I leap to my feet, catching the phone as it tumbles towards the concrete with Olympic like prestige. I wrench at the handle of the front door. My heart pulses at my temples, I’m being chased. Adrenaline pumps from my glands and surges through my veins as the flight instinct takes over.

A distant voice floats up from the phones receiver clamped beneath my pale fingers as I continue to wrestle with the door.

“You still there?”


The door swings inward with the magic words and I rush inside, not daring to look behind me. I hasten across the living room, my socks slipping on the hardwood floor. I rush into my room, slam the door behind me and bring the phone to my ear.

“Sorry, sorry I’m here. That guy was outside my house! That crazy guy from work! I’ve told you about him, he always has all the newspapers in his cart, asks for 10 coffee refills. THAT CRAZY GUY WAS RIGHT OUTSIDE MY HOUSE. HE TOTALLY SAW WHERE I LIVE.”

I pace around the room with quick panicky footsteps, pulling frantically at the blinds until they are securely shut, unfocused on what I’m yelling into the phone.

“What? Why does he have newspapers in his cart?” questions the calm voice on the other end.

“WHAT?! You aren’t focusing! HE IS OUTSIDE MY HOUSE, what don’t you understand! NEWSPAPERS? I don’t know, he says his job is delivering flyers or something...why is he here! WHY IS HE OUTSIDE MY HOUSE?”

“Could it be that he is, you know, delivering flyers?”

“What?” I try and bring my focus back to what the voice is saying. I stare at the gaps between my window curtains, convinced that I see the outline of a person peering in. I repeat, “WHAT?”

“Meghan calm down. Are you pacing? I’ll repeat: could it be that he is just doing his job, he's delivering flyers?”

“What? NO...Well maybe, I don’t know, but he shouldn’t be here!" My voice trails out in an annoying whine.

“I’ve seen that guy plenty of times when I’ve picked you up from work. He is just a harmless old guy doing his job. It’s not his fault he is dirty...or that he takes advantage of the free coffee refills.” His voice dips amusingly, reasoning, calm and collected, a light jab at what I had said earlier. I can hear his smile, his slowly shaking head.

“Well I didn’t...I mean obviously liking coffee doesn’t make you crazy.” I stutter, smacking the edge of my bed. “OBVIOUSLY, I mean I’m not stupid”. I run a shaking hand through my hair.

His voice stretches out from the phone, patting me on the head, reprimanding and sympathetic, “You are not stupid, but you are being dramatic. You’re being judge-y again. He is just a man who has nowhere to go and nothing to do but walk around and deliver his flyers, before heading down to the restaurant to get a cup of coffee with 10 free refills...obviously”.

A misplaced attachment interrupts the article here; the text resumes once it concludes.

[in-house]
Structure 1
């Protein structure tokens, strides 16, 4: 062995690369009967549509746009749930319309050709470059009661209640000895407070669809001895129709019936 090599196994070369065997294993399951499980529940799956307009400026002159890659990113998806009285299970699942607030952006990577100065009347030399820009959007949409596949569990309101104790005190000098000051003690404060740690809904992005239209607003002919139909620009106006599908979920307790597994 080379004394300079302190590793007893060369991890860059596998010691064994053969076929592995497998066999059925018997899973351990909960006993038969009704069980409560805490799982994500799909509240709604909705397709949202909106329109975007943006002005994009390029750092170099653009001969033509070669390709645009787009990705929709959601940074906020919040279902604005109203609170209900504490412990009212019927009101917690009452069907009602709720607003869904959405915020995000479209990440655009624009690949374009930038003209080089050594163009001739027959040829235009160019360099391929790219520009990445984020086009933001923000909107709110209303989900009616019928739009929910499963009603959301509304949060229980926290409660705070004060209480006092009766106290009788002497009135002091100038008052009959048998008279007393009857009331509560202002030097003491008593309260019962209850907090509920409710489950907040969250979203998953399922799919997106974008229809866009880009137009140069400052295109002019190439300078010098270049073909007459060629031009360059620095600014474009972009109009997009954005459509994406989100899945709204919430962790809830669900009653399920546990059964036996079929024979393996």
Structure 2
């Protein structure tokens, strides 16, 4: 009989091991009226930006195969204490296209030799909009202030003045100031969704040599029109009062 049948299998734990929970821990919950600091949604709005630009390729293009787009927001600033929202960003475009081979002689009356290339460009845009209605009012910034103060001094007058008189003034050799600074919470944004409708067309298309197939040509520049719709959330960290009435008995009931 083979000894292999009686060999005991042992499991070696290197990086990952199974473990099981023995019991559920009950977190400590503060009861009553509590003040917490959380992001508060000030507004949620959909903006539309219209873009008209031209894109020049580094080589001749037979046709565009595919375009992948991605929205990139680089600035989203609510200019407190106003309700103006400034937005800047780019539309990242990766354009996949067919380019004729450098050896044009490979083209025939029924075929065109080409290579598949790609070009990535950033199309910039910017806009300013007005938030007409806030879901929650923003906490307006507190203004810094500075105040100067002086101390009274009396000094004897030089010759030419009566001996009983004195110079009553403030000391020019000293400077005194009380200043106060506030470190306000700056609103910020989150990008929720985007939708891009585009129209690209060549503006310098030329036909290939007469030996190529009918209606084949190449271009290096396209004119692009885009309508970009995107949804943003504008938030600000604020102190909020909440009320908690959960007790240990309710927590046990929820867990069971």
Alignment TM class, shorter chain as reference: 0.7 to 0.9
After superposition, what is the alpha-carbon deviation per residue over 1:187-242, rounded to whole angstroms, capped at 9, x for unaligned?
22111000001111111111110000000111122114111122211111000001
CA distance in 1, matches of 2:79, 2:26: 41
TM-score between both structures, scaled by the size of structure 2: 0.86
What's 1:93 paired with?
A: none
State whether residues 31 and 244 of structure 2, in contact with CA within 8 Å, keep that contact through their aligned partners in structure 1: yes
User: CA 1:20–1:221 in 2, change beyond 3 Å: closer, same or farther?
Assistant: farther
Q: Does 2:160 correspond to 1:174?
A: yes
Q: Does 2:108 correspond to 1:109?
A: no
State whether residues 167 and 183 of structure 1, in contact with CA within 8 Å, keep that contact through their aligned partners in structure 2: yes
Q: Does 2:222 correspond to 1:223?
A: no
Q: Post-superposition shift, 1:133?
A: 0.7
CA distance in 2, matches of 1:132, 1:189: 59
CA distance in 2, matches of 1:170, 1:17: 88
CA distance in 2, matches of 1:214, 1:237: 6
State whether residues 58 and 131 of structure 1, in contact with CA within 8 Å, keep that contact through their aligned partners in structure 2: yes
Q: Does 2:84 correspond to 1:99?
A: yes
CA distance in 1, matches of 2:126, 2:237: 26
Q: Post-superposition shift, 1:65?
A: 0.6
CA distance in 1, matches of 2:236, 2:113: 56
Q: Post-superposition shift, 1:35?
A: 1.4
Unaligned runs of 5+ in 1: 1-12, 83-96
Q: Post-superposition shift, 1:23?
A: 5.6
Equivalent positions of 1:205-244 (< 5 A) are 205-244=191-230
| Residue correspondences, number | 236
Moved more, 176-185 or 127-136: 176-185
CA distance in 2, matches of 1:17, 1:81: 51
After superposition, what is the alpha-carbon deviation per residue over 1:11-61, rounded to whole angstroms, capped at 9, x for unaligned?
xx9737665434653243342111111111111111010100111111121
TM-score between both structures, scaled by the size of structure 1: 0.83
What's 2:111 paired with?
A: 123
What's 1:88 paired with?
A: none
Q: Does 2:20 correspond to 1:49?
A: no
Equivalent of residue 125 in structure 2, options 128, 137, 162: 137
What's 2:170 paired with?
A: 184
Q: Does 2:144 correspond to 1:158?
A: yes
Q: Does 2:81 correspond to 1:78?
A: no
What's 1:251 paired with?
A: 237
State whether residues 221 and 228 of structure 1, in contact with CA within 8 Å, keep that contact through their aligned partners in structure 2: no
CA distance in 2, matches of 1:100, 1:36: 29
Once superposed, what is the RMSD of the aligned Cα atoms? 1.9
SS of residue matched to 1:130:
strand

“I don’t think that judge-y is a word.” I hang up the phone.

I creep my way to the window, pulling aside the curtain, slowly peering across my yard, up and down the street. I can see the man’s outline about a block down, slowly limping away, pushing the broken cart ahead of him. Despite the obvious fact that I’m in no immediate danger, I breathe a sigh of relief. Tension slowly leaks out of my muscles as shame crawls in and takes its place. Without taking my eyes off the figure down the road, I push the numbers on the phone and again hold it up to my ear waiting for the click on the receiving end. I don’t wait for a hello.

“He is gone down the street now” I whisper.

“You do understand that YOU are the crazy person stalking some poor guy as he walks down the road. I hope he didn’t see you run into the house, I mean that CAN’T be good for his self esteem.” Even on a whim his speech is smooth and cutting.

“YES, ok yes” I sigh into the phone, “I understand that I am being irrational and shouldn’t judge people just based on their appearance no matter how CRAZILY they are dressed or how their home is in a grocery cart or how they have a stomach that is ridiculously disproportionate to the rest of them OR that they order multiple cups of coffee, I know this.” The words spill out of my mouth without pauses in between them, each racing the other to get out first.

“Hmm” is the reply.

“What you don’t believe me?”

“Not really”

“Well I’m trying”

I hear his eyebrows rise on the other end of line “You should try harder”.

I push the curtain close with the resolve to not to look out again. I look at the floor, and my lips pinching together, “You aren’t perfect either.”

The voice trickles affectionately from of the end of the receiver, “Yeah, but we aren’t talking about me.”